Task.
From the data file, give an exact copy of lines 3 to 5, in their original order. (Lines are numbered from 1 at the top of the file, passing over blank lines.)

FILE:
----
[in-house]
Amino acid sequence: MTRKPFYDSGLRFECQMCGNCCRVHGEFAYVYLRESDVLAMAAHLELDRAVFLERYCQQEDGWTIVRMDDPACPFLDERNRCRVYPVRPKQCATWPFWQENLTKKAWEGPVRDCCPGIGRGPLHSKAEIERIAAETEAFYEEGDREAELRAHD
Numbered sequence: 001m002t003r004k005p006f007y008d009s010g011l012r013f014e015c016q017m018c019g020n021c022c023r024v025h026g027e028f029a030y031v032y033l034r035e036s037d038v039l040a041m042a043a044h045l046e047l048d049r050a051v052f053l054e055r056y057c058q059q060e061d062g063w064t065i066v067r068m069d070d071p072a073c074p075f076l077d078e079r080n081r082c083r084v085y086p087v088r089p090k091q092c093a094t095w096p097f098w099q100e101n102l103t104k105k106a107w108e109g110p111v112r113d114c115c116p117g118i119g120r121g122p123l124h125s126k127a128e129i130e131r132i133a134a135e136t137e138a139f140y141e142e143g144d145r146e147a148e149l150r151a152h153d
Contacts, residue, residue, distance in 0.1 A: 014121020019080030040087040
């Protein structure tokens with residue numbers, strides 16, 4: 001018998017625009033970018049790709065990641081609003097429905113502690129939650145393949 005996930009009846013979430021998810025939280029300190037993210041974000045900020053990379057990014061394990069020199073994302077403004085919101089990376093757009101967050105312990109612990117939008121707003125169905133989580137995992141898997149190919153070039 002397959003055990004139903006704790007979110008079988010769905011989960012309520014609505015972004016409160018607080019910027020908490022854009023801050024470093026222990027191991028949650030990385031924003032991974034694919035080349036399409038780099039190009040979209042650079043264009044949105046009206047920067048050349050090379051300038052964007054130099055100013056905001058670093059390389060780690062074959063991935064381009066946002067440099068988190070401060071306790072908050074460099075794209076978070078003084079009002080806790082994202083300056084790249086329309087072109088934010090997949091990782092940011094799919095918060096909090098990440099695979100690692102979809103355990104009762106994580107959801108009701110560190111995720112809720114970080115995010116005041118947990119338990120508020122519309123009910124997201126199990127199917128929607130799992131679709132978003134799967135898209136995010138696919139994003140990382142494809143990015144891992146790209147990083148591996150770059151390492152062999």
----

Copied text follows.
Numbered sequence: 001m002t003r004k005p006f007y008d009s010g011l012r013f014e015c016q017m018c019g020n021c022c023r024v025h026g027e028f029a030y031v032y033l034r035e036s037d038v039l040a041m042a043a044h045l046e047l048d049r050a051v052f053l054e055r056y057c058q059q060e061d062g063w064t065i066v067r068m069d070d071p072a073c074p075f076l077d078e079r080n081r082c083r084v085y086p087v088r089p090k091q092c093a094t095w096p097f098w099q100e101n102l103t104k105k106a107w108e109g110p111v112r113d114c115c116p117g118i119g120r121g122p123l124h125s126k127a128e129i130e131r132i133a134a135e136t137e138a139f140y141e142e143g144d145r146e147a148e149l150r151a152h153d
Contacts, residue, residue, distance in 0.1 A: 014121020019080030040087040
């Protein structure tokens with residue numbers, strides 16, 4: 001018998017625009033970018049790709065990641081609003097429905113502690129939650145393949 005996930009009846013979430021998810025939280029300190037993210041974000045900020053990379057990014061394990069020199073994302077403004085919101089990376093757009101967050105312990109612990117939008121707003125169905133989580137995992141898997149190919153070039 002397959003055990004139903006704790007979110008079988010769905011989960012309520014609505015972004016409160018607080019910027020908490022854009023801050024470093026222990027191991028949650030990385031924003032991974034694919035080349036399409038780099039190009040979209042650079043264009044949105046009206047920067048050349050090379051300038052964007054130099055100013056905001058670093059390389060780690062074959063991935064381009066946002067440099068988190070401060071306790072908050074460099075794209076978070078003084079009002080806790082994202083300056084790249086329309087072109088934010090997949091990782092940011094799919095918060096909090098990440099695979100690692102979809103355990104009762106994580107959801108009701110560190111995720112809720114970080115995010116005041118947990119338990120508020122519309123009910124997201126199990127199917128929607130799992131679709132978003134799967135898209136995010138696919139994003140990382142494809143990015144891992146790209147990083148591996150770059151390492152062999």